Baumol’s Cost Disease is a phenomenon that was formally observed by William J. Baumol and William G. Bowen (history snubs poor Mr. Bowen) in their 1965 paper, On the Performing Arts: The Anatomy of their Economic Problems. Baumol and Bowen point out that it takes the same number of musicians the same amount of time to perform a Mozart string quartet today as it did when Mozart was alive. This implies that the productivity of classical musicians, or how much output (music) they produce per hour of labor, has remained constant over time. Meanwhile, productivity in sectors that employ more technology, like manufacturing, have seen productivity rise significantly over the years. This is where Baumol and Bowen’s work gets really interesting.
In addition to their observation that productivity has not increased in some sectors of the economy, like the robust Mozart string quartet industry, they also noted that real wages, meaning wages adjusted for inflation, have still increased in these sectors over time. This second observation is in direct contradiction with one of the basic tenets of classical economics: wage equals the marginal productivity of labor. In other words, at the margin, employers pay their employees based on how much they produce. But if the productivity of musicians hasn’t gone up, then why have their wages? The answer, say Baumol and Bowen, is that wages rise in stagnant sectors of the economy because producers must compete for labor by paying a competitive wage rate. If the real wage of a classical musician were the same as it was in Mozart’s time, no one would choose to be a classical musician. The opportunity costs, in this case the wages of other available jobs, would simply be too high.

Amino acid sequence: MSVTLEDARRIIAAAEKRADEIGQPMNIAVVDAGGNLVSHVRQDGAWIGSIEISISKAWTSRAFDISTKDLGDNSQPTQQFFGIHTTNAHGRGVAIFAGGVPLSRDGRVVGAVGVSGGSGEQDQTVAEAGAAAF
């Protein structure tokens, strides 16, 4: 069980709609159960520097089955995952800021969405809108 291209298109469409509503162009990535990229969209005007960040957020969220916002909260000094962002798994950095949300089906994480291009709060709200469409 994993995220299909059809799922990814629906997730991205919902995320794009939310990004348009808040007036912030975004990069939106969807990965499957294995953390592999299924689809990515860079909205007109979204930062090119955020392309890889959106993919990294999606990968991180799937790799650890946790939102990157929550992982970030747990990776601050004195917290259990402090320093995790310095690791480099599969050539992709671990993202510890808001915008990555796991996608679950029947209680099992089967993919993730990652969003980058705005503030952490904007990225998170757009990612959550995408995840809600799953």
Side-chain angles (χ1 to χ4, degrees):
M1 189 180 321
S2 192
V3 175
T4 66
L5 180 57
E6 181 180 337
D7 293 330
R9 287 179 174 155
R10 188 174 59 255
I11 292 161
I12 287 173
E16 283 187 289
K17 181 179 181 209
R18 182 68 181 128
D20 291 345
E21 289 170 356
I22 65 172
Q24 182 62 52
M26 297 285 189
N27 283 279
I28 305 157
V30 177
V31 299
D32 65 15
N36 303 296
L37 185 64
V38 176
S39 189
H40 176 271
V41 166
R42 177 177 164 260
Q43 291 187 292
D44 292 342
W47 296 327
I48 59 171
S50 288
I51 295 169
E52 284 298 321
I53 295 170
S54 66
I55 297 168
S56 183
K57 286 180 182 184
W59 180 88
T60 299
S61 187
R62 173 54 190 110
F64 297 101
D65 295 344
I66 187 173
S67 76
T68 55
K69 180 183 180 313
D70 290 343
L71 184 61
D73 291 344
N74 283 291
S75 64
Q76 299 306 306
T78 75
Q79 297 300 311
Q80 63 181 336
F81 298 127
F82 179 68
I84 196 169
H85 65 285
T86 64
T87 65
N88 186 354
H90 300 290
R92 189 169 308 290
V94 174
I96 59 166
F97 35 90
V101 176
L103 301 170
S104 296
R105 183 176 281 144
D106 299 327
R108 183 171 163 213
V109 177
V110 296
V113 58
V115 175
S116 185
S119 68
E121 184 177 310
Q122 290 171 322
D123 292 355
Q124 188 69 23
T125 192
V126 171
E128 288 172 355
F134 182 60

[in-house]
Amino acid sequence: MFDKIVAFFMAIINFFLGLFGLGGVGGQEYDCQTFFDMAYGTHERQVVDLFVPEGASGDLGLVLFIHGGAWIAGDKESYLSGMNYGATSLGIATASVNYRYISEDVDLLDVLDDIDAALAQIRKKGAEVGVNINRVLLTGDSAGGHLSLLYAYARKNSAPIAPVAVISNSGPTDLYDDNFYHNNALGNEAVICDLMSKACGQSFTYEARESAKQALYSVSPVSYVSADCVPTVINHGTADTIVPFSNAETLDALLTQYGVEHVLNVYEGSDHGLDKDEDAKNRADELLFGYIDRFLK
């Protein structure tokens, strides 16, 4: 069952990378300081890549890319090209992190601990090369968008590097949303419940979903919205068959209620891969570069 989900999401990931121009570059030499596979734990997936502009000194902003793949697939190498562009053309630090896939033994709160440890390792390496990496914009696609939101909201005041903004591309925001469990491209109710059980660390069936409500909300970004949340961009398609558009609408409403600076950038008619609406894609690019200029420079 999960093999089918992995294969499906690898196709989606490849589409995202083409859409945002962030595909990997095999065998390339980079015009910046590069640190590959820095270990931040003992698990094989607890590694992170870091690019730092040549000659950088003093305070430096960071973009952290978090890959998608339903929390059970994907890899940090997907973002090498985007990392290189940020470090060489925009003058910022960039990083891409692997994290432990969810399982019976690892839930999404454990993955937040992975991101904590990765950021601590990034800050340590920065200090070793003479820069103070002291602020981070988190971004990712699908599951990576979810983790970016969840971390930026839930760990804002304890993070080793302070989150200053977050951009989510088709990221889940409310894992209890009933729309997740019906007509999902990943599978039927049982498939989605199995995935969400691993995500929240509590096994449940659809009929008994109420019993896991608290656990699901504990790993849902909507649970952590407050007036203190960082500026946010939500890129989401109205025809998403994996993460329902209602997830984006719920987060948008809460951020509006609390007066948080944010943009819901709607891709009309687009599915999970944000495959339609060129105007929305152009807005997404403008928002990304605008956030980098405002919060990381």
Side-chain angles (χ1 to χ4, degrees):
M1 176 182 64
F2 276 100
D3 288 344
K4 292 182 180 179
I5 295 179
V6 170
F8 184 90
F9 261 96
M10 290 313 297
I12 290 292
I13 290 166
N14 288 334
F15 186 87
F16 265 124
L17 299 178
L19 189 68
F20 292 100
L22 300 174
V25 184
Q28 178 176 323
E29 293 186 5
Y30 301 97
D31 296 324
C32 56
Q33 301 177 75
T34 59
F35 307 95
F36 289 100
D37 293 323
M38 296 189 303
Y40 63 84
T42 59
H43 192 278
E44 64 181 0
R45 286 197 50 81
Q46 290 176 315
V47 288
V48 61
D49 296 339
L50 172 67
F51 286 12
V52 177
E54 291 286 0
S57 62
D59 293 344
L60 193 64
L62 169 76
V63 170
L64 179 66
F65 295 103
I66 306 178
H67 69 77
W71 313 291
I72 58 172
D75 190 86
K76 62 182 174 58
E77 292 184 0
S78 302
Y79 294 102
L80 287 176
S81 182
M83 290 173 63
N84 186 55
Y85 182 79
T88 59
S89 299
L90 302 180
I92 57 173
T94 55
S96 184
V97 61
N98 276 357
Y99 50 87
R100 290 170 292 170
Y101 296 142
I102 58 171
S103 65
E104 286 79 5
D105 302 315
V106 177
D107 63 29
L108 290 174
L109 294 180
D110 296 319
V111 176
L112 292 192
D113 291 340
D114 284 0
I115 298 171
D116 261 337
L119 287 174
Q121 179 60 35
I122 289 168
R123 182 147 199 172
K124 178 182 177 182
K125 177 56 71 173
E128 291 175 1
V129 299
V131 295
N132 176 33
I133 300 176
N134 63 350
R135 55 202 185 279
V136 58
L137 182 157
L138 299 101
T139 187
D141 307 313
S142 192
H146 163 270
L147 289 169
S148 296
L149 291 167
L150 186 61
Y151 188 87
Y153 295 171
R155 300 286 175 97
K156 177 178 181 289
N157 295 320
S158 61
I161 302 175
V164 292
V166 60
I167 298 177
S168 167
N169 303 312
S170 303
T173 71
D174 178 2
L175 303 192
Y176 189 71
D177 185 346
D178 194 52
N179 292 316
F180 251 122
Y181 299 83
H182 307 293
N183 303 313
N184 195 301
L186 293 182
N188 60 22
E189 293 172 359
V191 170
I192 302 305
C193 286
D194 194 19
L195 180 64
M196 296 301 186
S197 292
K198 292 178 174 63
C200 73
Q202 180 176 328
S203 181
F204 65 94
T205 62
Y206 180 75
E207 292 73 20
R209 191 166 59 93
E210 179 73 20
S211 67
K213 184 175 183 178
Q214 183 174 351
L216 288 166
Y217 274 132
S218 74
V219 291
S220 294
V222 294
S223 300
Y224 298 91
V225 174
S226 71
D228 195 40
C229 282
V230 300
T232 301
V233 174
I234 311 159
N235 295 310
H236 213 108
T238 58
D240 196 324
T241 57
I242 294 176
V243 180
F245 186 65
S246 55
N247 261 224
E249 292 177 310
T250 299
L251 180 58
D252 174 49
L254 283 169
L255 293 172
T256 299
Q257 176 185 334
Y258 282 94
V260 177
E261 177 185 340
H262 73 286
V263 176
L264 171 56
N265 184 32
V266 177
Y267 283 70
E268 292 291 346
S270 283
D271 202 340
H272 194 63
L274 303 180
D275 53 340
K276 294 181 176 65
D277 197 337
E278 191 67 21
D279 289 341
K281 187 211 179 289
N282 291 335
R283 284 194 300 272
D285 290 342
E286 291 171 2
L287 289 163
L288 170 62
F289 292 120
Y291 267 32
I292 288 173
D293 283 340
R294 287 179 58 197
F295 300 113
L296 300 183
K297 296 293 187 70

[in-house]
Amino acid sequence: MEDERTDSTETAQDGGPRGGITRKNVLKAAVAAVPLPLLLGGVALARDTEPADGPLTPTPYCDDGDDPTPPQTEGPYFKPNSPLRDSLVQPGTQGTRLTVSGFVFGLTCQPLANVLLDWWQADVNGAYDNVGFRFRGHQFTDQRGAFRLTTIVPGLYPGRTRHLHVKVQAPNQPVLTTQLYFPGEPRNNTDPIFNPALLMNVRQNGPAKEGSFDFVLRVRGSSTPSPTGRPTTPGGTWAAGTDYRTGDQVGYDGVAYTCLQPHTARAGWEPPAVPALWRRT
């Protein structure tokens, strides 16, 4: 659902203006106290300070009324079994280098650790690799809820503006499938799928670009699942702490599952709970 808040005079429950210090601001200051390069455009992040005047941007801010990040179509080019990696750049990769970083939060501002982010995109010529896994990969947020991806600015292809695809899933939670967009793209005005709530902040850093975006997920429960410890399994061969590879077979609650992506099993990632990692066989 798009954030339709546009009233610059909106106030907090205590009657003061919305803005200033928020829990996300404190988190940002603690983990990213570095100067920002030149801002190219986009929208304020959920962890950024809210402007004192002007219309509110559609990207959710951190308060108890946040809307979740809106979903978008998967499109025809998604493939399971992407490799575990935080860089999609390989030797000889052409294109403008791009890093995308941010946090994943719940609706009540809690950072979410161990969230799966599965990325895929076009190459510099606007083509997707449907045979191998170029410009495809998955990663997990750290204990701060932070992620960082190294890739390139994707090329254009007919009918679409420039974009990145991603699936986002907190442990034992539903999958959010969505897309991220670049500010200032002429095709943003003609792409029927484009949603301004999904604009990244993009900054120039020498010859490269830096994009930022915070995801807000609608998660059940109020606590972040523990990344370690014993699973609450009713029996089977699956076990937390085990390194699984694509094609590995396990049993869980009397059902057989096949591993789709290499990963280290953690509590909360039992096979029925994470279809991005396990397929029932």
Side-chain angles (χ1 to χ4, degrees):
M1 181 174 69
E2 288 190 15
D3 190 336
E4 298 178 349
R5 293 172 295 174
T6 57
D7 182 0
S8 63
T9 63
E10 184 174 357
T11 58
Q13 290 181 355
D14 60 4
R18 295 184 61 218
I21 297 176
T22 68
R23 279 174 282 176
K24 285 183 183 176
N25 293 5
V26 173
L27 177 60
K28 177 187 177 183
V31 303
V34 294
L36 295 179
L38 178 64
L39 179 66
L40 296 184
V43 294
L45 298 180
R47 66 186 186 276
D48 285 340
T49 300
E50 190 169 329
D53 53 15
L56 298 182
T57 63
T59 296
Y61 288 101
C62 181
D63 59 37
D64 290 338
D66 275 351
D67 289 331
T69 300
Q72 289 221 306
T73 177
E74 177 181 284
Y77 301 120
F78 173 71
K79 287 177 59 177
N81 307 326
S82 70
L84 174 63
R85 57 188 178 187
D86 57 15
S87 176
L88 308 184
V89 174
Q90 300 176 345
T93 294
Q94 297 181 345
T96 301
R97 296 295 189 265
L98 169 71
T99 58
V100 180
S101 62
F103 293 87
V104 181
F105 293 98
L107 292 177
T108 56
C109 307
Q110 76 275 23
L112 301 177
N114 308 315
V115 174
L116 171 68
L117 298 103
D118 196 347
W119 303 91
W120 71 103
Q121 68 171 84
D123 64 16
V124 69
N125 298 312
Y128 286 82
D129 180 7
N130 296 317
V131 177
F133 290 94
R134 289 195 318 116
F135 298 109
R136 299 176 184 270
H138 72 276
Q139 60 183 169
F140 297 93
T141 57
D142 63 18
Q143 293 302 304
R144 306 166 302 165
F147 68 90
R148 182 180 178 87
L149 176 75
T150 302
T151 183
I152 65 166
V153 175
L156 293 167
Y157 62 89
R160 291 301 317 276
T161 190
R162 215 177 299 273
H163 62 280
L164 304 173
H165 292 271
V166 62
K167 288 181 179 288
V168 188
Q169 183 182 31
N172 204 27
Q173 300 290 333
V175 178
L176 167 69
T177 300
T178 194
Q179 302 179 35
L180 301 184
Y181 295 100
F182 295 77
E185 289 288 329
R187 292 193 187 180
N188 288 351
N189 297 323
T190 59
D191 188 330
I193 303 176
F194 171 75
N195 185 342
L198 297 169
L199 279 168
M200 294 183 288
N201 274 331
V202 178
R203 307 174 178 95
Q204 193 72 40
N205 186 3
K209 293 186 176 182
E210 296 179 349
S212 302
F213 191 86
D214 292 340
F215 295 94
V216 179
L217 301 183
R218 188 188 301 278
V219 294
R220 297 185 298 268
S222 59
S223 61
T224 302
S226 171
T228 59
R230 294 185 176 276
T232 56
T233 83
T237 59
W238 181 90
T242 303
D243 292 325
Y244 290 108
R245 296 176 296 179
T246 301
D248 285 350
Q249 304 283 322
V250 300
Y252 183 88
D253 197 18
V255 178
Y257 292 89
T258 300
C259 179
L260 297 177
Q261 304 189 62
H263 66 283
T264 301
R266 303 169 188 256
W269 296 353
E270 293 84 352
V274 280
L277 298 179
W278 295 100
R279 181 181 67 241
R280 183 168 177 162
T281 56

This phenomenon is known as a “cost disease” because it has dire implications for the economy at large. As real wages increase in sectors of the economy that do not experience productivity increases, a larger share of the economy will be devoted to producing these services. And since the government disproportionately supplies many of them – e.g. health care, education, law enforcement – Baumol’s cost disease also predicts the government’s share of the economy will rise as well.
The string quartet example can be loosely extrapolated to the whole service sector of the economy because the defining characteristics of services describe a string quartet as well. There are generally considered to be five such characteristics: intangibility (you can’t hold it in your hand or store it in a warehouse), perishability (they cannot be reused once delivered), inseparability (they are dependent on the person providing the service), simultaneity (they are delivered and consumed at the same time), and variability (every service is unique and cannot be replicated exactly). For the purposes of this essay, you can think of these five characteristics as barriers to increasing productivity. Before we talk about overcoming these barriers, let’s contrast services with goods. Goods are tangible, relatively nonperishable, separable from the provider, and consumable after delivery. For these reasons, the provider of a good is less critical to how and when it is consumed. Furthermore, goods can be mass-produced in factories, which are amenable to technological advancements in production processes. Services tend to resist technological innovation because the person providing a service must be present while it is consumed and he is the main determinant of its quality. Much of what we call technological innovation involves removing the human from the production process, e.g. robots on an assembly line. Since most service work is non-routine, it is difficult to take out the person delivering the service.